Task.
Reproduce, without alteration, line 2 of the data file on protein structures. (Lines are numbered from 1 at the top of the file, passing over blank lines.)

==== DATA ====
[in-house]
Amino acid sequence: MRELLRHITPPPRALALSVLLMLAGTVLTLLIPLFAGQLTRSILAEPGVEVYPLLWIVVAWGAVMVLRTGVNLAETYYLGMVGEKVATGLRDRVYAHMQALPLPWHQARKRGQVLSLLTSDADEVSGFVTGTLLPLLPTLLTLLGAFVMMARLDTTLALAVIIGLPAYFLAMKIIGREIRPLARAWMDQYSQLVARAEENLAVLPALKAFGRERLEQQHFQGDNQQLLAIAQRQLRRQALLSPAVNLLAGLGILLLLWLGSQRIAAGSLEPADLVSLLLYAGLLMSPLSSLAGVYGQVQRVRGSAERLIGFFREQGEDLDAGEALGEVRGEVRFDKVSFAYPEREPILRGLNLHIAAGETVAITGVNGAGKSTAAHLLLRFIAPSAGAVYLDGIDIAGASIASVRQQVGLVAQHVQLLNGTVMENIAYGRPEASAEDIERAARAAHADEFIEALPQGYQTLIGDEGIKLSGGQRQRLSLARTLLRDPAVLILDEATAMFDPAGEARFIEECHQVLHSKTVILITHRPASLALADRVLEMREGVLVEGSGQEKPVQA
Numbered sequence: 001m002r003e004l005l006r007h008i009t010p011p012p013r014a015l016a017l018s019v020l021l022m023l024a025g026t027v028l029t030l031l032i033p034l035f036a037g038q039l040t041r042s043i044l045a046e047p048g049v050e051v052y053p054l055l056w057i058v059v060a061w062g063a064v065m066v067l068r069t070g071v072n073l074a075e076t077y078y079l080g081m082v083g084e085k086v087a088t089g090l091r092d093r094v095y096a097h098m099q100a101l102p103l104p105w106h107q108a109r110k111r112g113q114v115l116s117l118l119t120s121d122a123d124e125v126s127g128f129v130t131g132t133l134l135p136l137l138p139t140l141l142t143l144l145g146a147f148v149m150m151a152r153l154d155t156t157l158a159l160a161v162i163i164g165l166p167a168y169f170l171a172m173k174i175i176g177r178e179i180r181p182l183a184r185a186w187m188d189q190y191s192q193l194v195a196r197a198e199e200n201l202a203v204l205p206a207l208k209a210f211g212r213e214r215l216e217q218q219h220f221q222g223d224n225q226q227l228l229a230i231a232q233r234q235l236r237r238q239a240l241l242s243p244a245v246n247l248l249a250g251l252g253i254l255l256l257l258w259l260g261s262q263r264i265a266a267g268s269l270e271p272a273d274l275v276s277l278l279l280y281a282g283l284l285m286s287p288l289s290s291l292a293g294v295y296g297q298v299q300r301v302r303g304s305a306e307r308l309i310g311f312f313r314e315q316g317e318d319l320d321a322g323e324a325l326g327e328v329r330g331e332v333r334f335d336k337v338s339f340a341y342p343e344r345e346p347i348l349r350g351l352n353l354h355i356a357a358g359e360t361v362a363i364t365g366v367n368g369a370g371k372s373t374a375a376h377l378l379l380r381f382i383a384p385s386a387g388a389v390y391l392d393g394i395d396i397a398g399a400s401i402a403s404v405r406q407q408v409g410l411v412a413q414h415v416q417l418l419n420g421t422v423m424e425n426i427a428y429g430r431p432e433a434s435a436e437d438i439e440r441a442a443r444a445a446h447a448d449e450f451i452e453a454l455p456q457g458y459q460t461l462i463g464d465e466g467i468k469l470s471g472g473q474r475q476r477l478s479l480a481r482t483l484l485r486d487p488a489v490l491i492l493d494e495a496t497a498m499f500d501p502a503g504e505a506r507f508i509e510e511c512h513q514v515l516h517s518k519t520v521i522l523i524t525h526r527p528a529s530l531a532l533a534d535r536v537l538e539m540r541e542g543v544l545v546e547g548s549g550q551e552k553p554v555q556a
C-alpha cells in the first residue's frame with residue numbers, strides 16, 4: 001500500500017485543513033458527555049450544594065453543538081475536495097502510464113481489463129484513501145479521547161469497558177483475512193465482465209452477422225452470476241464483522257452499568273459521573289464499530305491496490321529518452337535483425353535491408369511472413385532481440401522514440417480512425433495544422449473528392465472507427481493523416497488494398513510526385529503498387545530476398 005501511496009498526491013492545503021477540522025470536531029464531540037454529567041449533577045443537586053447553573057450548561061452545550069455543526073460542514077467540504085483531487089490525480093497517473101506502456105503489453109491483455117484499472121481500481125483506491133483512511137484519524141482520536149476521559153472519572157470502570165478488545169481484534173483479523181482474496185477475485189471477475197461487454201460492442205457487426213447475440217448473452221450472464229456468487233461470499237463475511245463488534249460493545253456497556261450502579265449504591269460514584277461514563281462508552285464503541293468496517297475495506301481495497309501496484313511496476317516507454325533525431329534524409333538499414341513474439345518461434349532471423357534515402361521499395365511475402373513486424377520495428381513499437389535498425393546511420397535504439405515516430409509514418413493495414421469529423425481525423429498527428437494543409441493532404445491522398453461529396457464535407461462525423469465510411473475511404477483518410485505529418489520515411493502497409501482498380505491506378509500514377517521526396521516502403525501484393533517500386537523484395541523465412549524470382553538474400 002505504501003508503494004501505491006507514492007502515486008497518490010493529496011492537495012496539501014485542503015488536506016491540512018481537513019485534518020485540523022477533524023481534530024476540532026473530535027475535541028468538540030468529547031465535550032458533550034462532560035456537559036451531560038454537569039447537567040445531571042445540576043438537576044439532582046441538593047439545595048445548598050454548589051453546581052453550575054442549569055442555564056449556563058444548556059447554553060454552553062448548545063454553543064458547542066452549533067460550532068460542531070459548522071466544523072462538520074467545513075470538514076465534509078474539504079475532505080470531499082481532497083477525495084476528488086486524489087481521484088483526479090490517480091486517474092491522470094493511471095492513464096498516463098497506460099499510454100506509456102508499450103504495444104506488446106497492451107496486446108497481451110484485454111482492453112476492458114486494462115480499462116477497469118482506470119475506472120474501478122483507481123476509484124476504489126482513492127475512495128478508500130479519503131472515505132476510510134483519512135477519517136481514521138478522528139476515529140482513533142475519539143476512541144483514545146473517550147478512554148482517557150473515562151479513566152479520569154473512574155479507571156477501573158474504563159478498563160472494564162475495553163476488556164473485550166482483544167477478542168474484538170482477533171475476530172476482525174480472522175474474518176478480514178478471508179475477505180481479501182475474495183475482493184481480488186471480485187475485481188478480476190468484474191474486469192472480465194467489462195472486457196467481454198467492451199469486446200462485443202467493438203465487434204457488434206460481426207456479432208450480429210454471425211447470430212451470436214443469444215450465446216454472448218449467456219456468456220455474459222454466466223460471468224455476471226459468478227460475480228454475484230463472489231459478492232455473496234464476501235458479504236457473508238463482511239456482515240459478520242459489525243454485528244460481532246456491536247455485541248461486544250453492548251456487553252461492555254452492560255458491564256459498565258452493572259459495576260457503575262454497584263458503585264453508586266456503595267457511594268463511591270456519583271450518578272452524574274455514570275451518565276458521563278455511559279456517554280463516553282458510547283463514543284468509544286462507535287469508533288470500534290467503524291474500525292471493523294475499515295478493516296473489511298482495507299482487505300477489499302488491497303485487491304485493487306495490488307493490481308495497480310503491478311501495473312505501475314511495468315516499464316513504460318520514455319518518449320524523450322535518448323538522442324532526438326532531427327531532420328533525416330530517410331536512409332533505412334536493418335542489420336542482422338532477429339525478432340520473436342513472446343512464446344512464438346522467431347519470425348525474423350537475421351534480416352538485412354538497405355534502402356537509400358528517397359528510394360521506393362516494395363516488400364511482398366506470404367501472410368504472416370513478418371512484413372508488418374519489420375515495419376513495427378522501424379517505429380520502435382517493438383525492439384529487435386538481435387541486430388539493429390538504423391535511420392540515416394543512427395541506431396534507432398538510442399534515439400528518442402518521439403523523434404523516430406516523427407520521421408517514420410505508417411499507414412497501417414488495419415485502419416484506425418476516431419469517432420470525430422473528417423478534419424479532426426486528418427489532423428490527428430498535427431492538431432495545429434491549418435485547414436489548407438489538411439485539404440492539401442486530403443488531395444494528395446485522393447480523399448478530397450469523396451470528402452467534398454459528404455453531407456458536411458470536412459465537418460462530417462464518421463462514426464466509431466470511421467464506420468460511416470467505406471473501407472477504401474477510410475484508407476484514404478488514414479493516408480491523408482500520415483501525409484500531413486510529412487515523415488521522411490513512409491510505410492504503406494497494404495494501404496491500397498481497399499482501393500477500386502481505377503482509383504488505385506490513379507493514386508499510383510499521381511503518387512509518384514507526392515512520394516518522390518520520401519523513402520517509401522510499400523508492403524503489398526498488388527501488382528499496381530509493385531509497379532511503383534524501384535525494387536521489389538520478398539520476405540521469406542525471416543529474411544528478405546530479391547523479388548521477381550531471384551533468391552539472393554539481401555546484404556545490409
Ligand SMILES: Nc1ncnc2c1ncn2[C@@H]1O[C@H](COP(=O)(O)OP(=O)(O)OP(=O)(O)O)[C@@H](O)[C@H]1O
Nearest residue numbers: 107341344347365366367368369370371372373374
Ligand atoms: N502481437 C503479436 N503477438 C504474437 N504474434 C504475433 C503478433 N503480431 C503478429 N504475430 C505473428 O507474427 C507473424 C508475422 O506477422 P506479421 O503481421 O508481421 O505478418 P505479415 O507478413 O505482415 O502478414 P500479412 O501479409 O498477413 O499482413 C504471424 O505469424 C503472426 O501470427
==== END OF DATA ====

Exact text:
Amino acid sequence: MRELLRHITPPPRALALSVLLMLAGTVLTLLIPLFAGQLTRSILAEPGVEVYPLLWIVVAWGAVMVLRTGVNLAETYYLGMVGEKVATGLRDRVYAHMQALPLPWHQARKRGQVLSLLTSDADEVSGFVTGTLLPLLPTLLTLLGAFVMMARLDTTLALAVIIGLPAYFLAMKIIGREIRPLARAWMDQYSQLVARAEENLAVLPALKAFGRERLEQQHFQGDNQQLLAIAQRQLRRQALLSPAVNLLAGLGILLLLWLGSQRIAAGSLEPADLVSLLLYAGLLMSPLSSLAGVYGQVQRVRGSAERLIGFFREQGEDLDAGEALGEVRGEVRFDKVSFAYPEREPILRGLNLHIAAGETVAITGVNGAGKSTAAHLLLRFIAPSAGAVYLDGIDIAGASIASVRQQVGLVAQHVQLLNGTVMENIAYGRPEASAEDIERAARAAHADEFIEALPQGYQTLIGDEGIKLSGGQRQRLSLARTLLRDPAVLILDEATAMFDPAGEARFIEECHQVLHSKTVILITHRPASLALADRVLEMREGVLVEGSGQEKPVQA